Addiction and the Brain: Breaking Down the Effects of Drugs on the Human Brain

The human brain is a highly complex organ. It may seem like a big organ that controls your body, but that’s actually quite an oversimplification. Neurons, a special type of cell in our body, carry messages back and forth between the brain and the rest of our body. This complex neural network is unlike any other existing system or process in history, but it can be susceptible to manipulation and corruption.

Drugs can be quite a potent substance capable of changing the way the neurons talk to each other. These changes cause neurons to make you act in ways that you normally wouldn’t. American Treatment Network, a substance abuse clinic in Havertown, PA, helps you understand how drugs affect the brain of someone with an addiction and how our brain responds to these destructive substances.

The Biochemistry of Addiction

The human brain responds differently to addiction based on a number of factors such as the type and amount of drugs used, the frequency, and the stage of addiction. For example, a person under the influence of cocaine will feel some form of euphoria that is due to the psychoactive effects of the drug. This ultimately impacts areas of the brain that control pleasure and motivation, leading to that euphoric feeling.

The more someone abuses a drug, the more intense the symptoms they feel. They start feeling physical symptoms, as well as the impact of the chemical throughout their nervous system. Then follows a slew of disturbing sensations like paranoia, nausea, and hallucinations of which they have no control over.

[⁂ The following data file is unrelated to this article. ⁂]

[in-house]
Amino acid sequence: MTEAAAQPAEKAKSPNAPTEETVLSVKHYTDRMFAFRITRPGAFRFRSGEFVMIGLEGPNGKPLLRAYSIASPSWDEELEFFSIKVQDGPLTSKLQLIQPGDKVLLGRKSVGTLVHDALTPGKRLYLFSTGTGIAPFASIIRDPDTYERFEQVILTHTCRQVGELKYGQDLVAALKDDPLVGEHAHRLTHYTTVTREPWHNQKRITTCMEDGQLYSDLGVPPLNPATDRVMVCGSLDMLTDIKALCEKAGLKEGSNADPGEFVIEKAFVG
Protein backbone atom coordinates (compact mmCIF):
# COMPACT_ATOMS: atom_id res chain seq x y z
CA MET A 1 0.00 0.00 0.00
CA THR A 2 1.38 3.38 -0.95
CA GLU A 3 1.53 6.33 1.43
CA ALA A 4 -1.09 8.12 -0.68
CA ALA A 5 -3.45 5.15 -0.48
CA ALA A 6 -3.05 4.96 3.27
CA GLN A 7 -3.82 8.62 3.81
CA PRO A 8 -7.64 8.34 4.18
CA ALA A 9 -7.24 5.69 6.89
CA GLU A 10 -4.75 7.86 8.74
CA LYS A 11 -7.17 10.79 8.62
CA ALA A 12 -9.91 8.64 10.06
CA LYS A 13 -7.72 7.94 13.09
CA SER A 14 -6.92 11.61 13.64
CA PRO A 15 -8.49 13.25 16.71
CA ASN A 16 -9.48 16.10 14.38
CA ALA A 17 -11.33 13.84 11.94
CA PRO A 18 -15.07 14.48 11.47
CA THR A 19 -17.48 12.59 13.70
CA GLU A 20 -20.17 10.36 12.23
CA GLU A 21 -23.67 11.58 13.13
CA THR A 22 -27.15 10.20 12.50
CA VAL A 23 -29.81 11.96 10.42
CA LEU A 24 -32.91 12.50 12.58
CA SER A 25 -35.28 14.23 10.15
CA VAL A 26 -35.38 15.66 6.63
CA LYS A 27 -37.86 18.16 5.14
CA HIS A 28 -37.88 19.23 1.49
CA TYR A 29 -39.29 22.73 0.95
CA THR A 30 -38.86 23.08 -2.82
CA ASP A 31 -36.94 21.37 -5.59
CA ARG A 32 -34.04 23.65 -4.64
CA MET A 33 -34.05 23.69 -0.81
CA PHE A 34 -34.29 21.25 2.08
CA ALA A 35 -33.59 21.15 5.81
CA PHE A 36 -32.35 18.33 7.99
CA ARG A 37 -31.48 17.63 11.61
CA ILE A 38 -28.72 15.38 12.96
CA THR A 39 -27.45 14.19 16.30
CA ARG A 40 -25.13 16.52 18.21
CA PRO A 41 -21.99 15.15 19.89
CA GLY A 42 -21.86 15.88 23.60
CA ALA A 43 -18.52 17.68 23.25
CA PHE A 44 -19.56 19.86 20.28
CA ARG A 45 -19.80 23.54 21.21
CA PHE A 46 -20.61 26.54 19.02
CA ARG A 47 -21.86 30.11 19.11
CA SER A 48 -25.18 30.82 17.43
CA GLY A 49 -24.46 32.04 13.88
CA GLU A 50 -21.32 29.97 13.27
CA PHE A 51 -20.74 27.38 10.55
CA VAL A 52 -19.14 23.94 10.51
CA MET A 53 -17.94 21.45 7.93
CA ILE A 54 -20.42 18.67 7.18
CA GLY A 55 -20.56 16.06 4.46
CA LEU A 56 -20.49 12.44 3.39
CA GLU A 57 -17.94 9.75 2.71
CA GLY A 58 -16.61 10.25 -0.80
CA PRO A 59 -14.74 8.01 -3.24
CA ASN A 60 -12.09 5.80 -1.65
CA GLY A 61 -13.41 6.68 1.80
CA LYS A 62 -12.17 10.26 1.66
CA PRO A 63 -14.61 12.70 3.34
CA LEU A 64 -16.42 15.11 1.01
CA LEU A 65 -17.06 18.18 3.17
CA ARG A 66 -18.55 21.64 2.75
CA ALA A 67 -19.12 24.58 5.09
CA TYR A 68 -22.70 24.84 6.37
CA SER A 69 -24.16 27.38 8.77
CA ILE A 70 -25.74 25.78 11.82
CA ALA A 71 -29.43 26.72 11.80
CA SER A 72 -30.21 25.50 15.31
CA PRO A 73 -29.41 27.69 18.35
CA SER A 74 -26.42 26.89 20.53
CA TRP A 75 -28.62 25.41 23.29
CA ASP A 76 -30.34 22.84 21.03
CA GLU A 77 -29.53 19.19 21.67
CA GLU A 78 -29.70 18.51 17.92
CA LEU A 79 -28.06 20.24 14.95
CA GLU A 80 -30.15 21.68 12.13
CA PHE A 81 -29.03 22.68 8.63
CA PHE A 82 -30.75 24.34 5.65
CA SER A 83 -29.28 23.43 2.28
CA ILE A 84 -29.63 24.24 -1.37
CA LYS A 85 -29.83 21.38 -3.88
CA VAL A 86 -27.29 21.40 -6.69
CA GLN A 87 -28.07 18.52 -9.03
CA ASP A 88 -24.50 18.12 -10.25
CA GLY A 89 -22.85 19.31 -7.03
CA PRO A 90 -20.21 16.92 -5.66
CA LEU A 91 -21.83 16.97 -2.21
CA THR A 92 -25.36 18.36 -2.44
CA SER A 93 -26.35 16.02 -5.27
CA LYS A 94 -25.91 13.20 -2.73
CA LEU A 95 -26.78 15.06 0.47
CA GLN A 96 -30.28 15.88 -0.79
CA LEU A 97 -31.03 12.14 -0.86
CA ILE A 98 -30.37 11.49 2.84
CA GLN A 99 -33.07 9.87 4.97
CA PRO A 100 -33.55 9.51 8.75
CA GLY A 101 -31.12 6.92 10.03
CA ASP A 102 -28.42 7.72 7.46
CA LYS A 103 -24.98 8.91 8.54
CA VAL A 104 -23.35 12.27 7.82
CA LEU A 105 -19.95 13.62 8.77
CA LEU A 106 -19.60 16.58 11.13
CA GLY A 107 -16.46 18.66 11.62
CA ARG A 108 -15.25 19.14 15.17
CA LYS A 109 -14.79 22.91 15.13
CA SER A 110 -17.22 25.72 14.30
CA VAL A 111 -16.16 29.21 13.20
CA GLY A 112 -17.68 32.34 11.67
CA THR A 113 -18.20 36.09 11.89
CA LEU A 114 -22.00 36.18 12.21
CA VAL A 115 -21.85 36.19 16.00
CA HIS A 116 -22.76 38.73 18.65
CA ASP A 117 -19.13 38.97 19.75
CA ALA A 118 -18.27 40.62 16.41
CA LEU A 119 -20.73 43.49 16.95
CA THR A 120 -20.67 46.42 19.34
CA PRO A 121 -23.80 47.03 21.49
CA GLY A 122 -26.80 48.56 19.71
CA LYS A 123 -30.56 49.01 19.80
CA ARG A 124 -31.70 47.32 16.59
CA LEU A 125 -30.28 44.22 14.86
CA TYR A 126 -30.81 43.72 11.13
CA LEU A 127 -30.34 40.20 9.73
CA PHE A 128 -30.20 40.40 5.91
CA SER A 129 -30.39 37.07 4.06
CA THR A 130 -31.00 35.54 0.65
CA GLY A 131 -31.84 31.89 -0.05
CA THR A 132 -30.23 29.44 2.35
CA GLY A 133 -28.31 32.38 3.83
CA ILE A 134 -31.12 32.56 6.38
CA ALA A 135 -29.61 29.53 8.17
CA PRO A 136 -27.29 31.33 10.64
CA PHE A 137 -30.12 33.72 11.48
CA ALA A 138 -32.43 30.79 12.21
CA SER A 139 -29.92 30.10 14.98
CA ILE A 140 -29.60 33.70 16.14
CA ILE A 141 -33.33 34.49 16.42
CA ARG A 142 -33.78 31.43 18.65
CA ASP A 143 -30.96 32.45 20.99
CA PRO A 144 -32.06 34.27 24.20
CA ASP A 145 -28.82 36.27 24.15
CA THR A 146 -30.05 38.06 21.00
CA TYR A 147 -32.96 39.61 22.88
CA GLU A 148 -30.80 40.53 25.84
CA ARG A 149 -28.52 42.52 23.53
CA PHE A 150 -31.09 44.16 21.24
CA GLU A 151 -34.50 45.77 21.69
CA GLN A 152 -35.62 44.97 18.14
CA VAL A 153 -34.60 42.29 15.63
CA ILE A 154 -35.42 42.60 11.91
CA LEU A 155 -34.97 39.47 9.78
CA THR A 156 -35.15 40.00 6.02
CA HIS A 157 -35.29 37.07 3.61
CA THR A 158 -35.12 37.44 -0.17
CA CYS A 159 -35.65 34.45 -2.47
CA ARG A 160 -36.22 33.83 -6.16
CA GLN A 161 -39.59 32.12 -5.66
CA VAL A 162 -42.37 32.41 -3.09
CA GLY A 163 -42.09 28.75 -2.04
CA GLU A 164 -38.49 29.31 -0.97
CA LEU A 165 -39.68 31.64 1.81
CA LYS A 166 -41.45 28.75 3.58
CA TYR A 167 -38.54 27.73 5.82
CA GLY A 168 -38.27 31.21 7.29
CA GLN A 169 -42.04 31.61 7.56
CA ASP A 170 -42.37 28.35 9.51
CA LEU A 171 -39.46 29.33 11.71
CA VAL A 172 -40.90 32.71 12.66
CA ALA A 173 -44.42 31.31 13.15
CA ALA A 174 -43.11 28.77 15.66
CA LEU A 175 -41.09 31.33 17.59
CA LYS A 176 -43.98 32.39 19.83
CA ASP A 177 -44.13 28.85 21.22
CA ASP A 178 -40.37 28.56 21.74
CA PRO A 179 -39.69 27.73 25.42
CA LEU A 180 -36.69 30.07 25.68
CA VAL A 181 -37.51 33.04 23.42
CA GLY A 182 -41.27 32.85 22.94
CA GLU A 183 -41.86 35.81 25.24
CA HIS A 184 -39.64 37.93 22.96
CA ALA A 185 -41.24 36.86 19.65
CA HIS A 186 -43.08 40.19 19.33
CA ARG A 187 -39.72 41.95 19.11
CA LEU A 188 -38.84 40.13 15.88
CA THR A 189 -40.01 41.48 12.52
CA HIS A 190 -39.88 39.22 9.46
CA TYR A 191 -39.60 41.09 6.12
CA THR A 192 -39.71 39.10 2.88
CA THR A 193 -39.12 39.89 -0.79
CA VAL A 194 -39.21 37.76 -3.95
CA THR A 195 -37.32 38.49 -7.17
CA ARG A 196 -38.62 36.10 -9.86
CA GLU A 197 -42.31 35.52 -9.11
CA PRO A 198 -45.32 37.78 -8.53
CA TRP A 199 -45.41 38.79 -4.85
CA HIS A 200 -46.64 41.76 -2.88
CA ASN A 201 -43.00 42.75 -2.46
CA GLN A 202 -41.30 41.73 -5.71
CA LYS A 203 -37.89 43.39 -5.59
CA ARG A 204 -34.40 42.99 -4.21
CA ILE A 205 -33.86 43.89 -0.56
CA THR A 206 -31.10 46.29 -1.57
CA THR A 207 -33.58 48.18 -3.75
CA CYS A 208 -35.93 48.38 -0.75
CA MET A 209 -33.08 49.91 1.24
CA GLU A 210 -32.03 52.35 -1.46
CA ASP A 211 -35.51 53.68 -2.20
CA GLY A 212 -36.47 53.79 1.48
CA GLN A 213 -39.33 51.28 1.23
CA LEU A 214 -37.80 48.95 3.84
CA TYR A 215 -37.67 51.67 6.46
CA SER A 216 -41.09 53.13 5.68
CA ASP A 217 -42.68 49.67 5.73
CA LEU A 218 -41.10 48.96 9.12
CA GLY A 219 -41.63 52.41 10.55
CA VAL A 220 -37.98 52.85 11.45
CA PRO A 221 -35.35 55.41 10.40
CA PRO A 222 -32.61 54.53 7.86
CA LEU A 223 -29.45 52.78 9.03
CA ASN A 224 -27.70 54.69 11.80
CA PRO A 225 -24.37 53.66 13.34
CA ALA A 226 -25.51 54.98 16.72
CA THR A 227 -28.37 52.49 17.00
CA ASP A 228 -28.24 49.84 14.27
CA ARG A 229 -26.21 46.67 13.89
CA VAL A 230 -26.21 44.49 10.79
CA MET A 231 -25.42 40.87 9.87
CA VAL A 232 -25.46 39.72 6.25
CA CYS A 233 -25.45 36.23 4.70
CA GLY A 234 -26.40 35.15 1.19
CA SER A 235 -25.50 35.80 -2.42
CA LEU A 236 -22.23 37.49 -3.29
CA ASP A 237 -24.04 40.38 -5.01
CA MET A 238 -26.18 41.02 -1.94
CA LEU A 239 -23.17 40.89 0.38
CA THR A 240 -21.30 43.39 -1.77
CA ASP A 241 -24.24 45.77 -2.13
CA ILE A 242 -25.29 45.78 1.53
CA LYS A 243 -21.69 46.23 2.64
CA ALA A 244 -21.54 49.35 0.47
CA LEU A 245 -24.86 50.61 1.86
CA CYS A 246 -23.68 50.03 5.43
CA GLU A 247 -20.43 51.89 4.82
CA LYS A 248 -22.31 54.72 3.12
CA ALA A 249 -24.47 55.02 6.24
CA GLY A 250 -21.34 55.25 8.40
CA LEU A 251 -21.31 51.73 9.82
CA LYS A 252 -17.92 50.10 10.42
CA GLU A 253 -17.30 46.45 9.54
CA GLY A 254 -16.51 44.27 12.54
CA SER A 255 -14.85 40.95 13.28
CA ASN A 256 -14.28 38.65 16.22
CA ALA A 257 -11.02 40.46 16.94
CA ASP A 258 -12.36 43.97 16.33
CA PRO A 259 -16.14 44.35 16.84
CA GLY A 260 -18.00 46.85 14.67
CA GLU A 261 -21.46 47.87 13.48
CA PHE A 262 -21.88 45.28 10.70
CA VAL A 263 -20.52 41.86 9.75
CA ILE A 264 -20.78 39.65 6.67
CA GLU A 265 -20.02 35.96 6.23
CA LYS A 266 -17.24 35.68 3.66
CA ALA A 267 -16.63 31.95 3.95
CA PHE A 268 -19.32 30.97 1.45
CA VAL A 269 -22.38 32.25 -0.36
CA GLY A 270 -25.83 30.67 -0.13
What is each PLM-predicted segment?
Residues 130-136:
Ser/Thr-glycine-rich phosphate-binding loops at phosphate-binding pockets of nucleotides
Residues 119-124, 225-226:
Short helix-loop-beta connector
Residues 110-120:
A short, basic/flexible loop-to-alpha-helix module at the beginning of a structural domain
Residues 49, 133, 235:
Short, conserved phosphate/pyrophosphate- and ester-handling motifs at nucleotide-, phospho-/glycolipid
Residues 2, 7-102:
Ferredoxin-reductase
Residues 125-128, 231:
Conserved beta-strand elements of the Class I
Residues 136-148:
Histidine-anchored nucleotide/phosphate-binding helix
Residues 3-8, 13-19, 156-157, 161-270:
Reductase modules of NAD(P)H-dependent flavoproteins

Why Do People Keep Taking Drugs Despite Its Negative Effects?

Drugs change the brain’s biochemistry in ways that make quitting hard and sometimes even next to impossible. Research has shown that one of the key defining characteristics of addictive substances is their ability to force the brain to release copious amounts of dopamine, which creates the desire to repeat the experience of taking drugs. The worst part is, our brain’s reactions to dopamine are easily triggered by most of the commonly abused drugs that are extremely addictive.

The Brain during Addiction and Withdrawal

As a consequence of drug addiction, our brain unwittingly rewards us with dopamine, which is a “feel good” hormone. Essentially, it encourages drug addiction, keeping the individual in a cycle of highs and lows. Once an addicted individual suddenly stops, the harsh mental, physical, and emotional after-effects come crashing down on them. These effects can be so severe that some people may need to get mental health treatment in Havertown, PA.

After someone with an addiction stops abusing drugs, they enter a withdrawal stage where feelings of intense craving, depression, and anxiety take place. This extreme reaction to the absence of drugs is due to the rewiring of the brain after prolonged exposure to the substance. Withdrawal symptoms often need professional treatment, which can significantly help reduce the chance of relapse.

Get the Treatment You Deserve

Addiction impacts the brain on many levels and often hijacks it into thinking that what you’re taking is good for you. People become slaves to their desires and become victims of drug abuse without knowing how to be free from it. Only through professional help can an addicted person have a fighting chance to get back up and free themselves from the effects of destructive substances.

Substance Abuse Treatment in Havertown, PA

American Treatment Network is an outpatient substance abuse clinic offering customized integrated health care for patients suffering from substance use disorders. We help people turn their life around by giving the necessary support to beat their addiction. For medication-assisted treatment in Havertown, PA, schedule an appointment with American Treatment Network today.


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